Because there is no international standard in place, only a few vessels are currently equipped to use OPS technology and the systems in use differ in their technical solutions, voltages, power and frequency. Ships with OPS equipment onboard cannot therefore be connected to all the terminals equipped with OPS.
To solve this problem, the international standardization organizations (IEC/ISO/IEEE) are preparing new standards for high-voltage shoreside power supply. The new standard is expected in early 2011 and will deal with the parameters mentioned.
Frequency as a challenging issue
One challenge is that different parts of the world use different electrical frequencies. In addition, onboard frequencies also differ. Once the IEC/ISO/IEEE standards have been finalized, all parties will be in a position to use mutually compatible technologies. This will expedite developments owing to lower costs and increased compatibility between shoreside installations and onboard equipment.
Key components of standardization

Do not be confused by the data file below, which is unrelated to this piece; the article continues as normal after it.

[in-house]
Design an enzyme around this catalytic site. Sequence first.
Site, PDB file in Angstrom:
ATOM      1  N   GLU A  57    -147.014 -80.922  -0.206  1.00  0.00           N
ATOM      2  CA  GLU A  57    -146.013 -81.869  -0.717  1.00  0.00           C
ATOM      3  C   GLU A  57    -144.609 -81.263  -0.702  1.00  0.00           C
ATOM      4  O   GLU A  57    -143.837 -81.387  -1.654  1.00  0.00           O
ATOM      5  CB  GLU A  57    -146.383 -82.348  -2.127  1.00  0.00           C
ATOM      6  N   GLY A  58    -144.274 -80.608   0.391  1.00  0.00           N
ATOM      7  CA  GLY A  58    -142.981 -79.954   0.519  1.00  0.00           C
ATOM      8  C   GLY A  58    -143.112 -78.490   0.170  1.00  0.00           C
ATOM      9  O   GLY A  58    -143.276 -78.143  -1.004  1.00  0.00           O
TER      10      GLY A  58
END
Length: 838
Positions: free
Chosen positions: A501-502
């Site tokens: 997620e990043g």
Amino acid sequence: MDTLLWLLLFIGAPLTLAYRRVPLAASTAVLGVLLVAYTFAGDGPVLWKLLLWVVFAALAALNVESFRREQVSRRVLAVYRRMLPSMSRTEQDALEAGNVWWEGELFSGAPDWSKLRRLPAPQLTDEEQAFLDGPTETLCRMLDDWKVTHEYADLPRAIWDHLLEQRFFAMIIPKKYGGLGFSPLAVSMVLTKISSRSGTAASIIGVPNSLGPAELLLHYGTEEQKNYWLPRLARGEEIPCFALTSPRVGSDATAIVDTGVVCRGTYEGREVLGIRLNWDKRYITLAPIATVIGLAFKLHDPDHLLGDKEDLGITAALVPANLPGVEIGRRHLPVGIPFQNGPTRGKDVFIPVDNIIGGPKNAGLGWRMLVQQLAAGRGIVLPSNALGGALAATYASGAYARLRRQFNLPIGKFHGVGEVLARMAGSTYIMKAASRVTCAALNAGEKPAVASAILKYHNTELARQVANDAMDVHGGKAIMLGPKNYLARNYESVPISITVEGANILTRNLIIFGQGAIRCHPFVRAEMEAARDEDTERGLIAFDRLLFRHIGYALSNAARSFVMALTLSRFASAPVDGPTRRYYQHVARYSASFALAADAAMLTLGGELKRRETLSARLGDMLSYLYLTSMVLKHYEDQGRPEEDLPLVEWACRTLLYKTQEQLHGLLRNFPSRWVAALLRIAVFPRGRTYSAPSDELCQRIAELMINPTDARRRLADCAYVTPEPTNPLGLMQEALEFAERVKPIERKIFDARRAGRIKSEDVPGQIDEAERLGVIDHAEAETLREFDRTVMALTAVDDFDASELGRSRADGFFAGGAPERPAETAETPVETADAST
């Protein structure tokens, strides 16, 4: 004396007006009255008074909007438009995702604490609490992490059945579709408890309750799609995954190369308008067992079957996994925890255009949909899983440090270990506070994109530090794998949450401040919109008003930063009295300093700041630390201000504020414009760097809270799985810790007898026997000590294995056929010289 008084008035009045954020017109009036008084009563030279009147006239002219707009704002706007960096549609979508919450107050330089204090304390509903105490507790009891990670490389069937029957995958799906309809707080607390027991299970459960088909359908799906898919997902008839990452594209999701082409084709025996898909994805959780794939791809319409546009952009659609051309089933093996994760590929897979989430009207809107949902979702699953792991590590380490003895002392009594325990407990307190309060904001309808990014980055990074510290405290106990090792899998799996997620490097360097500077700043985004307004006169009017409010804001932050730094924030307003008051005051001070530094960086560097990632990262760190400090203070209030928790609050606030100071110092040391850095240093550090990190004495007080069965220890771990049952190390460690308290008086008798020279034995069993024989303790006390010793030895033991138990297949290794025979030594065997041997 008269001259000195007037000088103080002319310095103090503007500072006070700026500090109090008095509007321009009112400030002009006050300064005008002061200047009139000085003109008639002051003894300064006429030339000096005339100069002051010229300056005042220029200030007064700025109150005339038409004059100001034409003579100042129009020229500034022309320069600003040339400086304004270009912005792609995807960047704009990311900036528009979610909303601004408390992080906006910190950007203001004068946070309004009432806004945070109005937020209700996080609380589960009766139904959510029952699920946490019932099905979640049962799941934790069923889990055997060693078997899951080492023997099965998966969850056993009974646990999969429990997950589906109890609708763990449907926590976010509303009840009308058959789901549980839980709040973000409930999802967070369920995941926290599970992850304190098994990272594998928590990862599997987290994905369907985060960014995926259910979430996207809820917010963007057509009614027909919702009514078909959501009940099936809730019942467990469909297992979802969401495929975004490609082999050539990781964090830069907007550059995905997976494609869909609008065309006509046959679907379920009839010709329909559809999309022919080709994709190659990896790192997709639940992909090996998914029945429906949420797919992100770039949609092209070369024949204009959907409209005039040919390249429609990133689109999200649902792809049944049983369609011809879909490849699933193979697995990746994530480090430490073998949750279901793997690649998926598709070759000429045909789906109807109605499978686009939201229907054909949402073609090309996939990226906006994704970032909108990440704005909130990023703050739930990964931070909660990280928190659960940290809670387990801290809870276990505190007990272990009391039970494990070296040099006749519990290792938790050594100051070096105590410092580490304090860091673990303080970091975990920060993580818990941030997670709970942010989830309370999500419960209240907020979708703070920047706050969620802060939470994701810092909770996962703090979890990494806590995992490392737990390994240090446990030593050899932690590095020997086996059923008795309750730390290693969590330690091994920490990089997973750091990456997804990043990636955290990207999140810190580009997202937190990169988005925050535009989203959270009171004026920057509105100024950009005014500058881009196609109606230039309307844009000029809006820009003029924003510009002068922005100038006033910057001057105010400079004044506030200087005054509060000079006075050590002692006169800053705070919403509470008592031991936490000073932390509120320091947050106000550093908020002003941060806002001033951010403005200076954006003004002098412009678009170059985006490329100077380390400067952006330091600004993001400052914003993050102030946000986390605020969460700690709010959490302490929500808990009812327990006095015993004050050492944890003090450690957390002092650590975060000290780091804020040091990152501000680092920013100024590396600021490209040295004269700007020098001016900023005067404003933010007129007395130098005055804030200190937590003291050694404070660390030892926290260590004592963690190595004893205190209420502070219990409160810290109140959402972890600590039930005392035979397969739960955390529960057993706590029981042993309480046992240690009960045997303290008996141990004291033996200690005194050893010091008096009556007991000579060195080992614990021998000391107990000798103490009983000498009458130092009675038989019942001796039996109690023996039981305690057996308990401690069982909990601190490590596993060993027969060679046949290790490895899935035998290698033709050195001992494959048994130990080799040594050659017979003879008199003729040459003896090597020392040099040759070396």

Key elements of the proposed standardization package relate to:
On-shore installation voltage, frequency and grounding: to deal with different system frequencies (50 vs. 60 Hz), voltage levels, network and lightning protection, short-circuit limitation and interlock with grounding switches.
Coverage of all categories of sea-going vessels: container, RoRo, tanker, cruise and ferry ships.
Interconnection systems such as connector and cable specifications, standardization of plug-and-socket, cables, cable handling systems, communication cables, communication protocol and interlocking and staff safety issues.
Type and routine tests including plug-and-socket, shore connection cable, cable handling device, and workshop tests, dock trial and commissioning tests for each new port of call.
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